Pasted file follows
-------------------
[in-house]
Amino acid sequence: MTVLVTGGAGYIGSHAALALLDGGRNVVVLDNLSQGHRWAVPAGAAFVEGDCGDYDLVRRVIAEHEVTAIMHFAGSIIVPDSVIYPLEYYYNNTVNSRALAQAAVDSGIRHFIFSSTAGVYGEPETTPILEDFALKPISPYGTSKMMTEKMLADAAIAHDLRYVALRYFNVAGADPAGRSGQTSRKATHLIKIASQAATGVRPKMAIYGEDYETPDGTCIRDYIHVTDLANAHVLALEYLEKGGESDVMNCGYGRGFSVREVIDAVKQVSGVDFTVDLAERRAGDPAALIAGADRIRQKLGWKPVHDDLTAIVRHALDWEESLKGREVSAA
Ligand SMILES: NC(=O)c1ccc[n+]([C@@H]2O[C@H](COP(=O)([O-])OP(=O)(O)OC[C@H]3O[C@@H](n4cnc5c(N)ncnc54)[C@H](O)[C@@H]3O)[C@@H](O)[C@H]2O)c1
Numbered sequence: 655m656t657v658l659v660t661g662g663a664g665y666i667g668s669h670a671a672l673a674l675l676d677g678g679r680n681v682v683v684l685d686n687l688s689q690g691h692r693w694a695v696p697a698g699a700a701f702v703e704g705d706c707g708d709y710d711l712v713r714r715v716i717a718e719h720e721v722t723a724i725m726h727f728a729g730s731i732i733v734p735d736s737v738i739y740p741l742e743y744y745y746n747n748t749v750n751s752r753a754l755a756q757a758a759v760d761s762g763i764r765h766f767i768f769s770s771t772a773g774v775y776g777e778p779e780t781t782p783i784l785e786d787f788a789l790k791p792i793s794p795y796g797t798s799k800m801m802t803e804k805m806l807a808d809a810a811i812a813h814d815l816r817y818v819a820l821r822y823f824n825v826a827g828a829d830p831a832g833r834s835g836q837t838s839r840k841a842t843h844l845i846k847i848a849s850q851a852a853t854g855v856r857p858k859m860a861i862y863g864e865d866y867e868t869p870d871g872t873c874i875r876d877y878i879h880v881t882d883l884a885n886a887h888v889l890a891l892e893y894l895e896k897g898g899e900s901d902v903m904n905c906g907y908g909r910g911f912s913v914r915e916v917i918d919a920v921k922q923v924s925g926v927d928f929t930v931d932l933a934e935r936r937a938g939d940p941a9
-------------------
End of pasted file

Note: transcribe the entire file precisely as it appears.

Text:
[in-house]
Amino acid sequence: MTVLVTGGAGYIGSHAALALLDGGRNVVVLDNLSQGHRWAVPAGAAFVEGDCGDYDLVRRVIAEHEVTAIMHFAGSIIVPDSVIYPLEYYYNNTVNSRALAQAAVDSGIRHFIFSSTAGVYGEPETTPILEDFALKPISPYGTSKMMTEKMLADAAIAHDLRYVALRYFNVAGADPAGRSGQTSRKATHLIKIASQAATGVRPKMAIYGEDYETPDGTCIRDYIHVTDLANAHVLALEYLEKGGESDVMNCGYGRGFSVREVIDAVKQVSGVDFTVDLAERRAGDPAALIAGADRIRQKLGWKPVHDDLTAIVRHALDWEESLKGREVSAA
Ligand SMILES: NC(=O)c1ccc[n+]([C@@H]2O[C@H](COP(=O)([O-])OP(=O)(O)OC[C@H]3O[C@@H](n4cnc5c(N)ncnc54)[C@H](O)[C@@H]3O)[C@@H](O)[C@H]2O)c1
Numbered sequence: 655m656t657v658l659v660t661g662g663a664g665y666i667g668s669h670a671a672l673a674l675l676d677g678g679r680n681v682v683v684l685d686n687l688s689q690g691h692r693w694a695v696p697a698g699a700a701f702v703e704g705d706c707g708d709y710d711l712v713r714r715v716i717a718e719h720e721v722t723a724i725m726h727f728a729g730s731i732i733v734p735d736s737v738i739y740p741l742e743y744y745y746n747n748t749v750n751s752r753a754l755a756q757a758a759v760d761s762g763i764r765h766f767i768f769s770s771t772a773g774v775y776g777e778p779e780t781t782p783i784l785e786d787f788a789l790k791p792i793s794p795y796g797t798s799k800m801m802t803e804k805m806l807a808d809a810a811i812a813h814d815l816r817y818v819a820l821r822y823f824n825v826a827g828a829d830p831a832g833r834s835g836q837t838s839r840k841a842t843h844l845i846k847i848a849s850q851a852a853t854g855v856r857p858k859m860a861i862y863g864e865d866y867e868t869p870d871g872t873c874i875r876d877y878i879h880v881t882d883l884a885n886a887h888v889l890a891l892e893y894l895e896k897g898g899e900s901d902v903m904n905c906g907y908g909r910g911f912s913v914r915e916v917i918d919a920v921k922q923v924s925g926v927d928f929t930v931d932l933a934e935r936r937a938g939d940p941a9